Landscape as Sponge
In one session at the ASLA 2012 Annual Meeting, “Landscape as Sponge: Re-engineering a Historic Campus to Absorb the Rain,” Nicole Holmes, Nitsch Engineering, and Robert Rock, Michael Van Valkenburgh Associates (MVVA), explained the ways landscape design plays an integral part in Princeton University’s 2008 Campus Plan.
Holmes described how the evolution and expansion of the Princeton campus have impacted hydrology. Most significantly, explosive growth over the past century has led to buildings creeping into the ecologically sensitive zone along Lake Carnegie, to the south of campus. With Princeton’s recent decision to only expand only within existing campus boundaries, the university is faced with the challenge of how to grow without compromising its character or ecology.
Thankfully, with its 2008 Campus Plan, Princeton took a progressive stance toward planning. According to Holmes, “for the first time, landscape became a critical part of the planning process.” Instead of trying to remove water as quickly as possible, or maintaining the status quo of slowing and detaining stormwater, Princeton aims to improve conditions by viewing water infrastructure as a campus amenity.
To improve the campus stormwater system, Princeton looked to the campus’ pre-development conditions. Before development, most water infiltrated into the ground or was dispersed through evapo-transpiration. Since development, the vast majority of stormwater became runoff. Integrating landscape design and stormwater into the campus plan, Princeton aims to reduce its impervious cover, preserve open space, and reduce runoff. To accomplish these goals, it calls for stormwater management to be integrated into landscape-based solutions.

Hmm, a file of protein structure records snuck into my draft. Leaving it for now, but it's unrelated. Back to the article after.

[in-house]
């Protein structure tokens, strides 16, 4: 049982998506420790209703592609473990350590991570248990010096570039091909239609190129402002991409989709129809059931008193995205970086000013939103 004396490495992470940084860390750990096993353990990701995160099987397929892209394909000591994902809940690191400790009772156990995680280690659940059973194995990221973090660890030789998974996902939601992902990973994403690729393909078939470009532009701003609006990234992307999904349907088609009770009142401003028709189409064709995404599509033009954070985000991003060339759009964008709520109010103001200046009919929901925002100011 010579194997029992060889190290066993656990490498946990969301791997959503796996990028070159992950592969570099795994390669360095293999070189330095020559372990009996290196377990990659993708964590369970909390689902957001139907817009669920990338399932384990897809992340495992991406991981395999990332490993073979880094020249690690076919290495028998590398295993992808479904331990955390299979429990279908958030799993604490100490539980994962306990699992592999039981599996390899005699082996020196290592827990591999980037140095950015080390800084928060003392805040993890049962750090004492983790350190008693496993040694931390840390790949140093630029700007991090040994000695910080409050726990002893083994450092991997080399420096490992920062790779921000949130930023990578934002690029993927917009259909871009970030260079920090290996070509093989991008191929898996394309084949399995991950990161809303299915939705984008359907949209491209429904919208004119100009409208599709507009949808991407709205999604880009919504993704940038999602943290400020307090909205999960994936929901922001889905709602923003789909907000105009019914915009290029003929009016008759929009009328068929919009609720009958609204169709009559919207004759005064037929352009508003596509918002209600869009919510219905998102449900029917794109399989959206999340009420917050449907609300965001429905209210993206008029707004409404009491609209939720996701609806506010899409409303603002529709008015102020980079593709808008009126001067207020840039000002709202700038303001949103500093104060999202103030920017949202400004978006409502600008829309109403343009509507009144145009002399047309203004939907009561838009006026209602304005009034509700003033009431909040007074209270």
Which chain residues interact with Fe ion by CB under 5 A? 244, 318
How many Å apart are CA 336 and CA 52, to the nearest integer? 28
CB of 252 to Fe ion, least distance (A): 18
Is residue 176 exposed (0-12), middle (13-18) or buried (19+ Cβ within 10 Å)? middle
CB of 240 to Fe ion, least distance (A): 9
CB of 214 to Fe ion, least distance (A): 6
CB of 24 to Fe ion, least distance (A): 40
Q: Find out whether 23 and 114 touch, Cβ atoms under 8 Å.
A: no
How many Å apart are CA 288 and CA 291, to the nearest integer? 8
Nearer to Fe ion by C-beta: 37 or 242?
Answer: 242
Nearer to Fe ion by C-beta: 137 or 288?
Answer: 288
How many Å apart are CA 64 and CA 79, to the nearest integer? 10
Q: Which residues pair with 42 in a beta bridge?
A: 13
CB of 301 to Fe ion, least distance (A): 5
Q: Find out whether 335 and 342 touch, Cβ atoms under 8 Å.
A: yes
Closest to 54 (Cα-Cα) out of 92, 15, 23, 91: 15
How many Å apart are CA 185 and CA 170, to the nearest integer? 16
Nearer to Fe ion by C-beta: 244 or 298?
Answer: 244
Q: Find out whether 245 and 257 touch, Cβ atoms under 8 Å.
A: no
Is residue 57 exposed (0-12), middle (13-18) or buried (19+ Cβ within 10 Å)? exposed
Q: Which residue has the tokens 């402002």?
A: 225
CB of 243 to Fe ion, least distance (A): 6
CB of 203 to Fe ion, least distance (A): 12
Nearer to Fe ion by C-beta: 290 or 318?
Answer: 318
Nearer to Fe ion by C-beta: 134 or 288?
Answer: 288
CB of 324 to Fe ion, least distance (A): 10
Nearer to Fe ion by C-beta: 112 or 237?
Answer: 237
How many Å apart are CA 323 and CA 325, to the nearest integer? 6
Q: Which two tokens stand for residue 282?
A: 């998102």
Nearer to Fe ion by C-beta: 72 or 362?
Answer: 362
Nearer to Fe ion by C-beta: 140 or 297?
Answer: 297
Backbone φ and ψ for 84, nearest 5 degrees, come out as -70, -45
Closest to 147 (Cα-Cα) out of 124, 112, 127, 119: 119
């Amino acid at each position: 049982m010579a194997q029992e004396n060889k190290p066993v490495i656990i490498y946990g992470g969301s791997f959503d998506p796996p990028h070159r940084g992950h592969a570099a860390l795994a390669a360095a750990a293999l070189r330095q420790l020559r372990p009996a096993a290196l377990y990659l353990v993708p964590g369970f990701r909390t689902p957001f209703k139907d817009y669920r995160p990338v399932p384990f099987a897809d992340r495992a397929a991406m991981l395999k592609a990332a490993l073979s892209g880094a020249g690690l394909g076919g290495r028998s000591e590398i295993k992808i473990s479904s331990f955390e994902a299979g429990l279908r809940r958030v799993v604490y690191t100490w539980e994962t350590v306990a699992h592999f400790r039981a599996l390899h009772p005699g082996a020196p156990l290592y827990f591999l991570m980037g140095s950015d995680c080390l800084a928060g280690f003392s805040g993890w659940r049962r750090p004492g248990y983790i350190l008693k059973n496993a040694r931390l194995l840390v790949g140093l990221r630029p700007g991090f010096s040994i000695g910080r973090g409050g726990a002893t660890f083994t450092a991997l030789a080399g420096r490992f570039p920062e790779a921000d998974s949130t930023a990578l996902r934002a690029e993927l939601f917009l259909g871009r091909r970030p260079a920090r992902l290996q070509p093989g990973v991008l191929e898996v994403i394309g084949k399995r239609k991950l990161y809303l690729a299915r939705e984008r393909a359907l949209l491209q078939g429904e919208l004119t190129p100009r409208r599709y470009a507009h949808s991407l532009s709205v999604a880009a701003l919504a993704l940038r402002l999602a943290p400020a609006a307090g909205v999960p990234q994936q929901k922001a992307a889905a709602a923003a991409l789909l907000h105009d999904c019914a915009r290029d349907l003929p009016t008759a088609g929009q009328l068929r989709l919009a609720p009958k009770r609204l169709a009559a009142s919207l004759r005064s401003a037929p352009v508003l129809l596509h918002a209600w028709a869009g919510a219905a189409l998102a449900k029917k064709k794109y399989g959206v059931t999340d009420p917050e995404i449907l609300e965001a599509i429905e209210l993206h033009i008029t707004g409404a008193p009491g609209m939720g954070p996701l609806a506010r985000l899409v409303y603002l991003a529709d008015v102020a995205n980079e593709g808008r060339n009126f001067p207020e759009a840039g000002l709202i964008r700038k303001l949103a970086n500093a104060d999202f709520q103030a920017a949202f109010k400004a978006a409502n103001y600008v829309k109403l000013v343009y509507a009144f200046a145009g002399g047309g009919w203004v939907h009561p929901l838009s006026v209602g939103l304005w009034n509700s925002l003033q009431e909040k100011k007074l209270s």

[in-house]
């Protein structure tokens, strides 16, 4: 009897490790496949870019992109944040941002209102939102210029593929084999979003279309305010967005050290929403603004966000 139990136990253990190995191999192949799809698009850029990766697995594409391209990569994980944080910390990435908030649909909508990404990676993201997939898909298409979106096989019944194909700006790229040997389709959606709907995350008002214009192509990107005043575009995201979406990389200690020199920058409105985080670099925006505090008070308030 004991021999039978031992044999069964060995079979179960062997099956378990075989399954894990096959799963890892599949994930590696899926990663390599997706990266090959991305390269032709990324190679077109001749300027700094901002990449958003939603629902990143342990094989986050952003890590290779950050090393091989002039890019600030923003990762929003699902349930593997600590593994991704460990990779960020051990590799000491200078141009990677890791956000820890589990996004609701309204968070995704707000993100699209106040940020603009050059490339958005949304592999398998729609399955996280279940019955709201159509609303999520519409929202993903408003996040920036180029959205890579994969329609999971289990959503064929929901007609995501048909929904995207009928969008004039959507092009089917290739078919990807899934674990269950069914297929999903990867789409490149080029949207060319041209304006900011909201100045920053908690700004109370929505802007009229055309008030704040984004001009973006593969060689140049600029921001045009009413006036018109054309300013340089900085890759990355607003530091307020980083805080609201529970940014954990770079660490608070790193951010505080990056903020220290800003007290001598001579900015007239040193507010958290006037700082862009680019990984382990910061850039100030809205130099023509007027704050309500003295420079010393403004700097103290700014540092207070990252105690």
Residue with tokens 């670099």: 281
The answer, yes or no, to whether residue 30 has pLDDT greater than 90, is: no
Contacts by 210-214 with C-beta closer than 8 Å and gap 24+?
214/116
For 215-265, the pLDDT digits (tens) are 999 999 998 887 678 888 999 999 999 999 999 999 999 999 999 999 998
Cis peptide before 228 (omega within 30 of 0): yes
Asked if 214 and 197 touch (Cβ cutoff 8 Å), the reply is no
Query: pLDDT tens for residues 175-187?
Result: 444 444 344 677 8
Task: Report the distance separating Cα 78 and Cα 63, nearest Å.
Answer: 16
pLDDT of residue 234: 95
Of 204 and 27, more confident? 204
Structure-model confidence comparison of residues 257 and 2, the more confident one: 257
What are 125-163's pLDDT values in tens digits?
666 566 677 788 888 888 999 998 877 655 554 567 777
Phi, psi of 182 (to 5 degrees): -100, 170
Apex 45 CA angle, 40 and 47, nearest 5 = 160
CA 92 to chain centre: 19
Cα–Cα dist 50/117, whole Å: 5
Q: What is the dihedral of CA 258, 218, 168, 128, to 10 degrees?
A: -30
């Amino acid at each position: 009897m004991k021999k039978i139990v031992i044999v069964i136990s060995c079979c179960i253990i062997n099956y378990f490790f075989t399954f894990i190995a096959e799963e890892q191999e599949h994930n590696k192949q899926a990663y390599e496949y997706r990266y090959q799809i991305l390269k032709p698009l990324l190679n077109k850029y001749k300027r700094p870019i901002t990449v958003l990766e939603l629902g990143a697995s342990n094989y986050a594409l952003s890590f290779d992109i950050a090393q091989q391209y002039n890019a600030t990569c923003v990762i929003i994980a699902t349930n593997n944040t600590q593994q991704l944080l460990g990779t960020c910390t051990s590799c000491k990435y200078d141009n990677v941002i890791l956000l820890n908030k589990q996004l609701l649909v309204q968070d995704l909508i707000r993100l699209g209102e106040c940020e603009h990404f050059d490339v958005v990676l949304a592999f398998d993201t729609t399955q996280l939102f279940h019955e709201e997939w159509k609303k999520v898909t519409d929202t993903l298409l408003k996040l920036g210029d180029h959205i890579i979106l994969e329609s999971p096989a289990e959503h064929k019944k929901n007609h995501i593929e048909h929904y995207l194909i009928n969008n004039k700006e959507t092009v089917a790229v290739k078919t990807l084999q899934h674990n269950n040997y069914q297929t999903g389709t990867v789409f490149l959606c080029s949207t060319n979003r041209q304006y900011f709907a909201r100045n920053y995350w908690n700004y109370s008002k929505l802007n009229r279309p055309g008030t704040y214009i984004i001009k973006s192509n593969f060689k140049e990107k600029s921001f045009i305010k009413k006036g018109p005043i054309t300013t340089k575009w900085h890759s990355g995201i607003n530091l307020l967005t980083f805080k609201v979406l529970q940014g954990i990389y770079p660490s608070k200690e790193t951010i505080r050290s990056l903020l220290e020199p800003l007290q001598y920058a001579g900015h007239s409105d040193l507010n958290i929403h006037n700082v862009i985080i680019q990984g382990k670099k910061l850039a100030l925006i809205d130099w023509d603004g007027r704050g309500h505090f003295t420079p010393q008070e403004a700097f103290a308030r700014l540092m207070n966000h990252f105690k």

Robert Rock, MVVA, showed examples of his firm’s efforts on the campus. Rock described their work on the Andlinger Center for Energy and the Environment as an “intricately co-mingled landscape and building project.” Faced with the challenge of integrating a 60,000 square foot building into a relatively small site, the project required an intense collaboration between landscape architects, architects, and engineers. The resulting design is a layering of landscape and building, using green roofs and highly designed soils, ultimately exceeding stormwater goals for the project.
For the Frick Chemistry Building, MVVA had to address a site that had problems with runoff, stream bank erosion, and water quality. The architects working on the project proposed the building be sited adjacent to existing woodlands. Instead, at MVVA’s urging, the building was pushed back, allowing the woodlands to expand and avoiding potential impacts. Stormwater on the site is collected and directed into rain gardens, enabling the removal of two of the three existing outfalls into the nearby stream and dramatically reducing erosion. Additionally, pedestrian pathways are included in this landscape design, improving the human experience of the site.
These examples at Princeton University demonstrate the power of integrating landscape design and landscape-based stormwater solutions into the master planning process. By using landscape as infrastructure, communities can not only become more efficient, but also ecologically and aesthetically vibrant.
This guest post is by Ben Wellington, Student ASLA, Master’s of Landscape Architecture Candidate, Louisiana State University and ASLA 2012 summer associate.
Image credits: (1) Princeton University (2-5) Michael Van Valkenburgh Associates